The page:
What happened last week...
The Federal Open Market Committee (FOMC) made the unanimous decision to keep interest rates at 5.25% to 5.50%, as expected. It marks the second straight meeting rates were left unchanged. Fed Chairman Jerome Powell said, “A few months of good data are only the beginning of what it will take to build confidence that inflation is moving down sustainably toward our goal. The process of getting inflation sustainably down to 2% has a long way to go.” Powell said the committee has not yet made any decisions about future meetings and acknowledged, “The committee is not thinking about rate cuts right now at all.” The final FOMC meetings for 2023 are scheduled for December 12 and 13. According to the CME FedWatch Tool, as of November 3, there is a 95.4% probability that rates will remain unchanged at the next Fed meeting.
The U.S. Treasury Department announced that it will borrow $776 billion in the final three months of this year, down from $1.01 trillion in the prior quarter. The department also said it expects to borrow $816 billion in the first three months of 2024.
The ADP employment change missed expectations (130,000) but increased to 113,000 from 89,000. The unemployment rate landed higher than expectations (3.8%) as it increased to 3.9% from 3.8%. Nonfarm payrolls missed expectations (170,000) as it decreased to 150,000 from the downwardly revised 297,000 (from 336,000). Average hourly earnings month-over-month fell below expectations (0.3%) as it decreased to 0.2% from the upwardly revised 0.3% (from 0.2%).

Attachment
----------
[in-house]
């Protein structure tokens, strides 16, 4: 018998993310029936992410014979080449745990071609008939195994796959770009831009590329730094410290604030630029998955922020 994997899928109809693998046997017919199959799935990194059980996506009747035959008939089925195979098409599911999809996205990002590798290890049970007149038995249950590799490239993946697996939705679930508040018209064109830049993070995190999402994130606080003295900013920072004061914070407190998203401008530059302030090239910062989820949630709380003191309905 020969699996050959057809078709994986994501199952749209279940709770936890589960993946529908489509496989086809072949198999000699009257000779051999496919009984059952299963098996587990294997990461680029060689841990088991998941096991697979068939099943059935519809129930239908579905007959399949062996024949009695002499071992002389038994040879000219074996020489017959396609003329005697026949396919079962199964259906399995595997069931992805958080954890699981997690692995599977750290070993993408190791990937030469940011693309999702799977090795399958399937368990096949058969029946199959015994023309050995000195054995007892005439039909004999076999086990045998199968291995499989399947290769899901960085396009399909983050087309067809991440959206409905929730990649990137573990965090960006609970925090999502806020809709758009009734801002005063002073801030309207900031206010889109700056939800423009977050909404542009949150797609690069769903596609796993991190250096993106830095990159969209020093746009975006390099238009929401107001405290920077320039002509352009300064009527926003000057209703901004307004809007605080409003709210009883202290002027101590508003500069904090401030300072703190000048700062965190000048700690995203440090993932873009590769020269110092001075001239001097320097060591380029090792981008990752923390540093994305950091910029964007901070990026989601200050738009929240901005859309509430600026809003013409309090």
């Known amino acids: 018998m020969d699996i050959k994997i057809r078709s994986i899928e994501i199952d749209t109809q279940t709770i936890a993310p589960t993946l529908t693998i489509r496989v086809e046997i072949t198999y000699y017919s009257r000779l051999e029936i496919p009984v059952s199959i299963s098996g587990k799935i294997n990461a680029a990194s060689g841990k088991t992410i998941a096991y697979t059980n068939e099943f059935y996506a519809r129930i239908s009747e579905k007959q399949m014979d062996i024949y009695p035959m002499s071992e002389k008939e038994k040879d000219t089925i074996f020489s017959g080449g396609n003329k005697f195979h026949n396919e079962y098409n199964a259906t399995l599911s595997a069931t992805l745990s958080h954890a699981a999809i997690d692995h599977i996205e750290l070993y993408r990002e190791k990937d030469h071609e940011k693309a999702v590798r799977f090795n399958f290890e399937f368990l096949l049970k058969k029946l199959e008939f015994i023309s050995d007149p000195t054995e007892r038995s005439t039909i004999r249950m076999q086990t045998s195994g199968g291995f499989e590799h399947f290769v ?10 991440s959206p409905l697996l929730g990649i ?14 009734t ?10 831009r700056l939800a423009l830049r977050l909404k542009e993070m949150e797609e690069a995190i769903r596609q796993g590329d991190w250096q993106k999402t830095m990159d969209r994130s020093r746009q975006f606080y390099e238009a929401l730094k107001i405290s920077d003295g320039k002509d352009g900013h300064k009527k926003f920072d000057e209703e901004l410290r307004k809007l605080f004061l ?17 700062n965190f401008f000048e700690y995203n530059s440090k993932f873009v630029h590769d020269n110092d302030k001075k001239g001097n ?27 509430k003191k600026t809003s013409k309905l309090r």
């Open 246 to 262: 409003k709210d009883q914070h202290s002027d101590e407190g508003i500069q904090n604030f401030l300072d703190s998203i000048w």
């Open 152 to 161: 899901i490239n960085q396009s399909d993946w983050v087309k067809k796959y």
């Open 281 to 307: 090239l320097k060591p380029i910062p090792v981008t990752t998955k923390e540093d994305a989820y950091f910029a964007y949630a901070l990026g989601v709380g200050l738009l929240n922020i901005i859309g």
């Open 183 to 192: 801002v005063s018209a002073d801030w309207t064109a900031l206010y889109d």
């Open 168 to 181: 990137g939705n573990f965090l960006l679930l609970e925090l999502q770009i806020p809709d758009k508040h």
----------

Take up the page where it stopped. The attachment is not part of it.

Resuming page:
The manufacturing PMI for October fell below expectations (49.0) as it decreased to 46.7 from 49.0, which was the highest reading in ten months. The current figure marks 12 straight readings in contraction territory (below 50). The non-manufacturing PMI for October missed expectations (53.0) as it decreased to 51.8 from 53.6, but it marked the tenth straight month of an expansionary reading.
According to FactSet, as of November 3, 81% of S&P 500 companies have reported earnings with 82% having a positive EPS surprise and 62% having a positive revenue surprise. The blendedearnings growth for the S&P 500 is 3.7%, which would be the first quarter of year-over-year growth since Q3 2022. The blended revenue for the index is 2.3%, which would be the 11th straight quarter of growth.
There is not much on the economic calendar this week. However, next week there will be a few key reports for measures of inflation that will be top of mind for US Economic outlook. This includes one of the most sought after reports which is the Consumer Price Index (CPI) numbers, due out on November 14th.
We hope you enjoyed our Rockline Update!
- The Rockline Team
This material is for general information only and is not intended to provide specific advice or recommendations for any individual. Investing involves risks including possible loss of principal. Any economic forecasts set forth may not develop as predicted and are subject to change.